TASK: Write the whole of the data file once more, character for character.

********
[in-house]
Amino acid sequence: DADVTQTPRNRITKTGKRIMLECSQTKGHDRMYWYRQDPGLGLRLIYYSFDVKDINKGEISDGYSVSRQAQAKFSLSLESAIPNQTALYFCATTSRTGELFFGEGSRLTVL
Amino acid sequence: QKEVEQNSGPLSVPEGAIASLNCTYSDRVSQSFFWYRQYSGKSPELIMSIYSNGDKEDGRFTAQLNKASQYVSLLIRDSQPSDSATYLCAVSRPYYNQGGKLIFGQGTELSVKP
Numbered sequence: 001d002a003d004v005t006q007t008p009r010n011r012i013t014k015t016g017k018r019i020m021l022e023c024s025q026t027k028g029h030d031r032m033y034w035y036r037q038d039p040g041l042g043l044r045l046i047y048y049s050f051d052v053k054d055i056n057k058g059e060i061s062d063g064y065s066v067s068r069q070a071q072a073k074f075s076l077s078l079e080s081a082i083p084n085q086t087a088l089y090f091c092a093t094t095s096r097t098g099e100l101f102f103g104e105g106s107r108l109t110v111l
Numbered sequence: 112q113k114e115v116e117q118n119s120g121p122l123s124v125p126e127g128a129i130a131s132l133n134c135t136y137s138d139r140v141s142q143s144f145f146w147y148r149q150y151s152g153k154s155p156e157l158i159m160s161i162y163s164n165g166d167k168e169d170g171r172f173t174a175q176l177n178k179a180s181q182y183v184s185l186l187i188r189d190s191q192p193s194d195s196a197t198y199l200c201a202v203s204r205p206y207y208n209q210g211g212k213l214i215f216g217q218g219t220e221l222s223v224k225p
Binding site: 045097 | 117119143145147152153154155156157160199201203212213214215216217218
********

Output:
[in-house]
Amino acid sequence: DADVTQTPRNRITKTGKRIMLECSQTKGHDRMYWYRQDPGLGLRLIYYSFDVKDINKGEISDGYSVSRQAQAKFSLSLESAIPNQTALYFCATTSRTGELFFGEGSRLTVL
Amino acid sequence: QKEVEQNSGPLSVPEGAIASLNCTYSDRVSQSFFWYRQYSGKSPELIMSIYSNGDKEDGRFTAQLNKASQYVSLLIRDSQPSDSATYLCAVSRPYYNQGGKLIFGQGTELSVKP
Numbered sequence: 001d002a003d004v005t006q007t008p009r010n011r012i013t014k015t016g017k018r019i020m021l022e023c024s025q026t027k028g029h030d031r032m033y034w035y036r037q038d039p040g041l042g043l044r045l046i047y048y049s050f051d052v053k054d055i056n057k058g059e060i061s062d063g064y065s066v067s068r069q070a071q072a073k074f075s076l077s078l079e080s081a082i083p084n085q086t087a088l089y090f091c092a093t094t095s096r097t098g099e100l101f102f103g104e105g106s107r108l109t110v111l
Numbered sequence: 112q113k114e115v116e117q118n119s120g121p122l123s124v125p126e127g128a129i130a131s132l133n134c135t136y137s138d139r140v141s142q143s144f145f146w147y148r149q150y151s152g153k154s155p156e157l158i159m160s161i162y163s164n165g166d167k168e169d170g171r172f173t174a175q176l177n178k179a180s181q182y183v184s185l186l187i188r189d190s191q192p193s194d195s196a197t198y199l200c201a202v203s204r205p206y207y208n209q210g211g212k213l214i215f216g217q218g219t220e221l222s223v224k225p
Binding site: 045097 | 117119143145147152153154155156157160199201203212213214215216217218